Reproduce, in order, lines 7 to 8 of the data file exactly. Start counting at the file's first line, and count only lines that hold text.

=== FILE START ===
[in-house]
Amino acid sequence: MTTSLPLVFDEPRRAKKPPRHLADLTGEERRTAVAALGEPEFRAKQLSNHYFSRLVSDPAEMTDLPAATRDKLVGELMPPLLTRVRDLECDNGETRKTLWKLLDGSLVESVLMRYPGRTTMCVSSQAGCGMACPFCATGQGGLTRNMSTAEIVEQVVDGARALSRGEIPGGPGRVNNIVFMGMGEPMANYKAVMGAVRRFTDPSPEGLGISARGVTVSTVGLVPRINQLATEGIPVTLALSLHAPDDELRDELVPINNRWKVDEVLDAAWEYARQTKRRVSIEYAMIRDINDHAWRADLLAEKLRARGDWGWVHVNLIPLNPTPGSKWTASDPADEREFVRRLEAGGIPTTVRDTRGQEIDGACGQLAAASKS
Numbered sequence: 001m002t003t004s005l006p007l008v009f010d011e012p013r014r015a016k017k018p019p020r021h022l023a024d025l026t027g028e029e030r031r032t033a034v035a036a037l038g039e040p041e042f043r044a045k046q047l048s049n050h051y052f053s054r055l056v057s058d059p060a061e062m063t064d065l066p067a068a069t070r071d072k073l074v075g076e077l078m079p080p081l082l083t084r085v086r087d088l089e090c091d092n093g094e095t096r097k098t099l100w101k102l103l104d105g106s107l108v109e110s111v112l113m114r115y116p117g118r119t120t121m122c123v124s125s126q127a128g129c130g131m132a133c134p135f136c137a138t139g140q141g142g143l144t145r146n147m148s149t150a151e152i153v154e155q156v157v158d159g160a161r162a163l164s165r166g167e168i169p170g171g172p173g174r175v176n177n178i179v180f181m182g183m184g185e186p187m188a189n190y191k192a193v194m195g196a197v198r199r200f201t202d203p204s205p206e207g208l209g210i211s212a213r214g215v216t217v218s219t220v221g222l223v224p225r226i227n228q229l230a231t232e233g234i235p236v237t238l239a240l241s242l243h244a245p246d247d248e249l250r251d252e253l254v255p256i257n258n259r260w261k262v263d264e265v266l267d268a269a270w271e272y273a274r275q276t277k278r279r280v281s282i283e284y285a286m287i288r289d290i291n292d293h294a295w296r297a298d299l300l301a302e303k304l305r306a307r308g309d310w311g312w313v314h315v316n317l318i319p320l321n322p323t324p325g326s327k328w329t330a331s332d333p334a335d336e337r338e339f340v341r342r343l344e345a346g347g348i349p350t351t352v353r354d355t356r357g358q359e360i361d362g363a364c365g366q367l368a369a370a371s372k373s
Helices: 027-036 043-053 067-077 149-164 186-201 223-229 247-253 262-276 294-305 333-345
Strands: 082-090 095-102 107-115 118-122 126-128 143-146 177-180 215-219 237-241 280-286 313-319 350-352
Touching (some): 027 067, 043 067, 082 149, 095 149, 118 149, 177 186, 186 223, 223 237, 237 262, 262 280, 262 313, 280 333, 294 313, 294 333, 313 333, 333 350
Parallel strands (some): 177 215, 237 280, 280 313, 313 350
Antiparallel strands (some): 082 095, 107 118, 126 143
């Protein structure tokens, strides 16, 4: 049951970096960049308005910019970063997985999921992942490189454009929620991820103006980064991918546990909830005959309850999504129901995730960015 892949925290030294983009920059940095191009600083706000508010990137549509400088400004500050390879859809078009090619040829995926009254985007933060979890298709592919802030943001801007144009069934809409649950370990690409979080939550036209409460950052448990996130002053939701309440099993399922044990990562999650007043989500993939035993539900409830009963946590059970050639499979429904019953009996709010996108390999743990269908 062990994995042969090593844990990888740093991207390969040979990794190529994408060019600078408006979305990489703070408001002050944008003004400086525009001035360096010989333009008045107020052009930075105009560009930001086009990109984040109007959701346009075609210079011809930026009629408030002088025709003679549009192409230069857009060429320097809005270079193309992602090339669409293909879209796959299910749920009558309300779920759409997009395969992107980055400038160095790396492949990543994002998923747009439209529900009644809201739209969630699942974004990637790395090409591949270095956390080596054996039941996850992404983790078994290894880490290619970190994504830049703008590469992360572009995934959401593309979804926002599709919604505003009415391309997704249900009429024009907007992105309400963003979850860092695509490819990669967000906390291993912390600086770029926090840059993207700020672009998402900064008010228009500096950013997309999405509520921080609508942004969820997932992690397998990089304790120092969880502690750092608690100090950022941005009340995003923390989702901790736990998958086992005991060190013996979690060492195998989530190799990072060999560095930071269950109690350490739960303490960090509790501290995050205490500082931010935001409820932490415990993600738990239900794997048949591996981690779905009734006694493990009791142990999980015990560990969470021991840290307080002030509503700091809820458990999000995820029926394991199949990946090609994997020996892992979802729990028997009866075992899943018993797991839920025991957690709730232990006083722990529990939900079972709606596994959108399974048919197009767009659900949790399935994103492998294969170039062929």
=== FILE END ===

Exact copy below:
Parallel strands (some): 177 215, 237 280, 280 313, 313 350
Antiparallel strands (some): 082 095, 107 118, 126 143